The problem of the correct legal response to crime has produced passionate discussions within the study of criminology. The classical theories of justice present consistent legal action of all offenders who have committed identical crime while emphasising the notion of punishment as deterrence. Opposing this is the theory of the positivist school, which denies punishment as a preventative measure and instead promotes the rehabilitation of offenders through the recognition that each offender is an individual in their own right. In this essay, we will first understand the principles of proportionality and consistency and the importance of these principles in sentencing and then explore the effectiveness of both fixed punishment and open ended
Igor Primoratz defends the retributivist idea that a punishment is justified only if it gives a criminal his just deserts. But what do criminals deserve? Primoratz argues for the following principle: criminals deserve to be deprived of the same value that they deprived their victims of. Primoratz regards all human beings as possessed of lives of equal moral worth, and believes that the human life is the most valuable thing. He thinks that murders deserve to die. Since justice is a matter of giving people what they deserve, it follows that justice demands for murderers to be executed.
The criminal justice system views any crime as a crime committed against the state and places much emphasis on retribution and paying back to the community, through time, fines or community work. Historically punishment has been a very public affair, which was once a key aspect of the punishment process, through the use of the stocks, dunking chair, pillory, and hangman’s noose, although in today’s society punishment has become a lot more private (Newburn, 2007). However it has been argued that although the debt against the state has been paid, the victim of the crime has been left with no legal input to seek adequate retribution from the offender, leaving the victim perhaps feeling unsatisfied with the criminal justice process.
The Law today is a summary of various principles from around the world from the past and the present. Early practises of law were the foundation of the law that we know and abide by today. These practises were referred to as the Classical school. Over time however, different criminologist have altered and greatly improved the early, incomplete ideas and made them more complete and practical to more modern times. This newer version is referred to as the Positivist school. This rapid change from the classical to the positivist perspective was due to the change and growth of civilization. Even though one perspective came from another, they are still different in many ways and it is evident when relating them to section 462.37, Forfeiture of Proceeds of Crime, and section 810, Sureties to keep the Peace. The Classical School of criminology’s time of dominance was between 1700 and 1800. Its conception of deviance was that deviance was a violation of the social contract. Classical theorists believed that all individuals were rational actors and they were able to act upon their own free will. A person chose to commit crimes because of greed and because they were evil. The primary instrument that could be used in regards to the classical school to control crime was to create “criminal sanctions that instil fear of punishment in those contemplating criminal acts” (Gabor 154). Classical school theorists believed the best defence was a good offence and therefore they wanted to instil so much fear into people about what would happen to them if they were to commit a crime that even those who were only thinking of committing a crime were impacted greatly. The classical school individuals operated entirely on free will and it was their ...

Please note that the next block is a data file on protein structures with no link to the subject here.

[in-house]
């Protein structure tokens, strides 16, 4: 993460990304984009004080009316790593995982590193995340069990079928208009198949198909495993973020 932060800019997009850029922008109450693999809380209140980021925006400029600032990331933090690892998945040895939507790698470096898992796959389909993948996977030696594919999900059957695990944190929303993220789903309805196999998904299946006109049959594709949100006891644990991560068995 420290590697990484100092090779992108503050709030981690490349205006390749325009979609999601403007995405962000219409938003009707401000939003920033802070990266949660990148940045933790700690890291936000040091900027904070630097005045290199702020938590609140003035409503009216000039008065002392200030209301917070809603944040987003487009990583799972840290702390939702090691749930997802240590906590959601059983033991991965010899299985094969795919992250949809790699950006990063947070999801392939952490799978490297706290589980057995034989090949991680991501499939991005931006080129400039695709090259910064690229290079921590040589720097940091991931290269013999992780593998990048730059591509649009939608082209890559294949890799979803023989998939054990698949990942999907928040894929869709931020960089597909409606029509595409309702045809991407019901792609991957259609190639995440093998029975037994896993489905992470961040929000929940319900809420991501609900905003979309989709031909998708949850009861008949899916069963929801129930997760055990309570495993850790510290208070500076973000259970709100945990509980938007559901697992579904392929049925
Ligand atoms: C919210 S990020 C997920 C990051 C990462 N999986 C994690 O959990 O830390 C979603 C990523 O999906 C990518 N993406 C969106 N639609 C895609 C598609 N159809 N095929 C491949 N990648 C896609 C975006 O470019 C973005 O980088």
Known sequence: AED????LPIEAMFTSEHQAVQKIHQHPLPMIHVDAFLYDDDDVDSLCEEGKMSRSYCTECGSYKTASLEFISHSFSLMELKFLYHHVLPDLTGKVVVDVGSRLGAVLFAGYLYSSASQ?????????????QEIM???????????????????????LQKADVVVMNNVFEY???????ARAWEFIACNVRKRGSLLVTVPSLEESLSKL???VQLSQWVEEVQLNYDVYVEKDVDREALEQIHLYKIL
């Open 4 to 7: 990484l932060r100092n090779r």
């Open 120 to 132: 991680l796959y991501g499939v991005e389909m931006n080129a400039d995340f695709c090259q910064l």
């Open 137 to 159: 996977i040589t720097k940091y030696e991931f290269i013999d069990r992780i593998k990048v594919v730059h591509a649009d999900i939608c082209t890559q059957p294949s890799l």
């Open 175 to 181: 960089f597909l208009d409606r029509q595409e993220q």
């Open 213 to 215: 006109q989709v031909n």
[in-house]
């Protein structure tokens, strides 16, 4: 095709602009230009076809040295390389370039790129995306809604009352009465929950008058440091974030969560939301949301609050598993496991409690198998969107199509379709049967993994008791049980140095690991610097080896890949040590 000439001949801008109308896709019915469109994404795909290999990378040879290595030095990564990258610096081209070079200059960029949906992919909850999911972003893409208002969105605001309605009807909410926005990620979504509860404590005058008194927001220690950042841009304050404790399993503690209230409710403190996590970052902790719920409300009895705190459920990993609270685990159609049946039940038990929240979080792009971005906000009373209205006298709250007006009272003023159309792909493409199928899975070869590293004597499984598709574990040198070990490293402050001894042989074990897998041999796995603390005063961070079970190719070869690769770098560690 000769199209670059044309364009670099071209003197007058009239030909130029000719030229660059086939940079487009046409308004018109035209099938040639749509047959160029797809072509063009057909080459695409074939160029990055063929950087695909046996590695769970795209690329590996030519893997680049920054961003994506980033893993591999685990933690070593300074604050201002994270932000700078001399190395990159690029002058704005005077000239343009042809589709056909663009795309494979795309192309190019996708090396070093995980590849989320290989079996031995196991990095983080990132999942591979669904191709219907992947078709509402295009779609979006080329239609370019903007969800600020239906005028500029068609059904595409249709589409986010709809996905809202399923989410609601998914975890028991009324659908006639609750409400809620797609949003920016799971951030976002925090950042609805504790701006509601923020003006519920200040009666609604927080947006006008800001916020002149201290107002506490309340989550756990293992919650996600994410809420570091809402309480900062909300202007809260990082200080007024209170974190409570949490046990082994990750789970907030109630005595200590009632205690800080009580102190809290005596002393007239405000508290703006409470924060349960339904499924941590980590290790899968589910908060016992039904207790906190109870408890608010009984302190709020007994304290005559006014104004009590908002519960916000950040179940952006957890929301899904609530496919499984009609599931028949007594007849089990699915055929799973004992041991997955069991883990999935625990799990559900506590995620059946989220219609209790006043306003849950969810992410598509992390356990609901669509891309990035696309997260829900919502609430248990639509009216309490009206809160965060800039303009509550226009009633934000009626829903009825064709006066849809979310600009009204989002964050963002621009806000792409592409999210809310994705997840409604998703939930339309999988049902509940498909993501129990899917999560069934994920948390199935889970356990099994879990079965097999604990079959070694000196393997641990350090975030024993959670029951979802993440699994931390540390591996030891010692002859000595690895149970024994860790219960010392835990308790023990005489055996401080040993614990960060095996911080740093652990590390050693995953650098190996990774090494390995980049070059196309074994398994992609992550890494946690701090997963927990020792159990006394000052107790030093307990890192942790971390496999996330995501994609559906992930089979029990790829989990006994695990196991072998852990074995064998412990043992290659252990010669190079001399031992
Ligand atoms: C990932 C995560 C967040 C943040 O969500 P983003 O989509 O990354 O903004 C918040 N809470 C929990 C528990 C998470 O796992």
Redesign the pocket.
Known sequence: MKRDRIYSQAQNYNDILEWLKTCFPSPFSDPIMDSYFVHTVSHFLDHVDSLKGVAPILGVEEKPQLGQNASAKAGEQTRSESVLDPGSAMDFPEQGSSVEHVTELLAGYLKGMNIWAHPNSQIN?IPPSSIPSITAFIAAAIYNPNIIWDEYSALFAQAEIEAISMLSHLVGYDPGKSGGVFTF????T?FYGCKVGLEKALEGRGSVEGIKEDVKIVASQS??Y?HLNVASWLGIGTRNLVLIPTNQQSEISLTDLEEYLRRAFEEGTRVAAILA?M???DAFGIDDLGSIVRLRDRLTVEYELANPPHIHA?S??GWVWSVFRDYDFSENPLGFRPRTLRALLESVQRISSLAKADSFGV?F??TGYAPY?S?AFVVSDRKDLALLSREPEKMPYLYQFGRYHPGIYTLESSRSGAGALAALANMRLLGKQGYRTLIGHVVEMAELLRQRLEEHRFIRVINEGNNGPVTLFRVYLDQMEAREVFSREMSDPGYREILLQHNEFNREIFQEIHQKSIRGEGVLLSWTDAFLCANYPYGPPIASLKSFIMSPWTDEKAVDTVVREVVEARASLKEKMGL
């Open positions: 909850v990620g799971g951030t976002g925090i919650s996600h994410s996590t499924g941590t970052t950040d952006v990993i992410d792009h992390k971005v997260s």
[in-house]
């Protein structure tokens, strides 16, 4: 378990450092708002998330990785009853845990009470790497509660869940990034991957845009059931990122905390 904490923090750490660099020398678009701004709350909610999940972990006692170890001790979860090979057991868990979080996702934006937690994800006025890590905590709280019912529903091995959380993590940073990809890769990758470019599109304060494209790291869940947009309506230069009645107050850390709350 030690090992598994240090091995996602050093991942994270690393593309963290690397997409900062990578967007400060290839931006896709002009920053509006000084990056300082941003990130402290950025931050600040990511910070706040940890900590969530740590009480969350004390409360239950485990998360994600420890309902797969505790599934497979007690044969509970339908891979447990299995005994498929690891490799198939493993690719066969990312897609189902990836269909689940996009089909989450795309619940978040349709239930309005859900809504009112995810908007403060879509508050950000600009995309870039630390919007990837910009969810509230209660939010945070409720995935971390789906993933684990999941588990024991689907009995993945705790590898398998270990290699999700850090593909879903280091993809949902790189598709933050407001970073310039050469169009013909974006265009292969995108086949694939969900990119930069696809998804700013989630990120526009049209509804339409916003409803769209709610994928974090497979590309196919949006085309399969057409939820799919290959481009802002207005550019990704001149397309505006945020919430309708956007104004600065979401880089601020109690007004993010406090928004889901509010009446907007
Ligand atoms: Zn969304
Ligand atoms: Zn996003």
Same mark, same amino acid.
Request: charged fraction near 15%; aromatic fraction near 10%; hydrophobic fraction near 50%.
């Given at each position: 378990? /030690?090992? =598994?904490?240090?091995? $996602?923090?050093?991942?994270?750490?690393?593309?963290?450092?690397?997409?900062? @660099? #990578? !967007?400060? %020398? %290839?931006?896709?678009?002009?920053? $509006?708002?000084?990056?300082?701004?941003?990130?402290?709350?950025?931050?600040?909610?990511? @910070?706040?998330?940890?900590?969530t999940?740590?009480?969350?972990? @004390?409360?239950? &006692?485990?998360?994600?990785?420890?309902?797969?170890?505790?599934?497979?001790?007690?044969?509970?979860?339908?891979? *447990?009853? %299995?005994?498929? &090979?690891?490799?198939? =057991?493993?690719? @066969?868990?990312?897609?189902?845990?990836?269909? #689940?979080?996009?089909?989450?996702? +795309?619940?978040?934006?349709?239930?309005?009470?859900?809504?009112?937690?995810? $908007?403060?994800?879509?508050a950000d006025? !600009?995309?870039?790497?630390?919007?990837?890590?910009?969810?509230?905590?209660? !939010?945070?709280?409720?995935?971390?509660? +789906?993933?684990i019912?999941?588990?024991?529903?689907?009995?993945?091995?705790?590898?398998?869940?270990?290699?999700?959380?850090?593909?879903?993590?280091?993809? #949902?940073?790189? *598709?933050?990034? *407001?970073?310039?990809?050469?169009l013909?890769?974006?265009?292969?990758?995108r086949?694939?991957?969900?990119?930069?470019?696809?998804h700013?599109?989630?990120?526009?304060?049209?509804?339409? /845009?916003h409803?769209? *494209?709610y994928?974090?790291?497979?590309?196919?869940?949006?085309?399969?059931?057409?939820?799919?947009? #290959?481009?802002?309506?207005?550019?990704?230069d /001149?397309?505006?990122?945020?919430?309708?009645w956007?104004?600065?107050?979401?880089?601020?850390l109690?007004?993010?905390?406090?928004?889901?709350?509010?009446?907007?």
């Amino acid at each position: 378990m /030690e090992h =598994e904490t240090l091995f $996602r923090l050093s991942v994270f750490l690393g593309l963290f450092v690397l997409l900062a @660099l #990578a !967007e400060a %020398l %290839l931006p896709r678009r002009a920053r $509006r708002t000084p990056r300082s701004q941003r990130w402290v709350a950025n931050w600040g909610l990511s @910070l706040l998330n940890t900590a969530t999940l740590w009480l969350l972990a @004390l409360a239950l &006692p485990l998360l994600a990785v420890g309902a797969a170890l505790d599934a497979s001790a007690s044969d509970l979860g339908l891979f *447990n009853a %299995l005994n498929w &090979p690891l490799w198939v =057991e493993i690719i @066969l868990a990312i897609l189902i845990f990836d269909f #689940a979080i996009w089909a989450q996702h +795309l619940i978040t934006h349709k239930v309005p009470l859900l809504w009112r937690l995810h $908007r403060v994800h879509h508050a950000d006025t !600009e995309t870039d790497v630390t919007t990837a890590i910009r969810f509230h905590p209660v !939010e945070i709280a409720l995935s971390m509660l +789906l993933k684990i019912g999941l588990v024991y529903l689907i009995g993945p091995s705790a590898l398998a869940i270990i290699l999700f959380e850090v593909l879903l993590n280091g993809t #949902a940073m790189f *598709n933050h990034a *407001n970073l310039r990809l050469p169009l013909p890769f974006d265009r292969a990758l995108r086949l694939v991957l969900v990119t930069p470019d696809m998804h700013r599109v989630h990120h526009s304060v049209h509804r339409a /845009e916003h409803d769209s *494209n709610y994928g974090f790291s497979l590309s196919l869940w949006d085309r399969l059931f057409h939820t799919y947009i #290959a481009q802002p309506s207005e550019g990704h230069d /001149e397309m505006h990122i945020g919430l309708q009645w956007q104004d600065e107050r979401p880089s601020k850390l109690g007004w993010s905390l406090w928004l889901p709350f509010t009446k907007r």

In “The Problem of Punishment,” Boonin (2008) defines legal punishment, or punishment, as “authorized reprobative retributive intentional harm” (p. 23). Punishment must include intentional harm, which intentionally makes the offender “worse off than she otherwise would be” (Boonin, 2008, p. 7). Punishment must be only imposed by an authorized agent of the state, within their power, in order to be legal. It must be reprobative and retributive, because it is necessary to express disapproval toward the illegal offense while only harming the person or people who committed it. It does not qualify as punishment if the punishment inflicted upon an offender is missing any one of these five elements. In this book, Boonin argues that there is no good
Capital punishment hardly plays any role in reforming or rather reducing murders and other violent cases in the modern world. In fact, most countries in the world have gone ahead and abolished death sentences. This decision to abolish capital punishment may have come due to the issues surrounding this system of criminal punishment, with the morality of the punishment and the methods used to execute it being the main problem. This has led to the query whether capital punishment has any purpose in today’s society.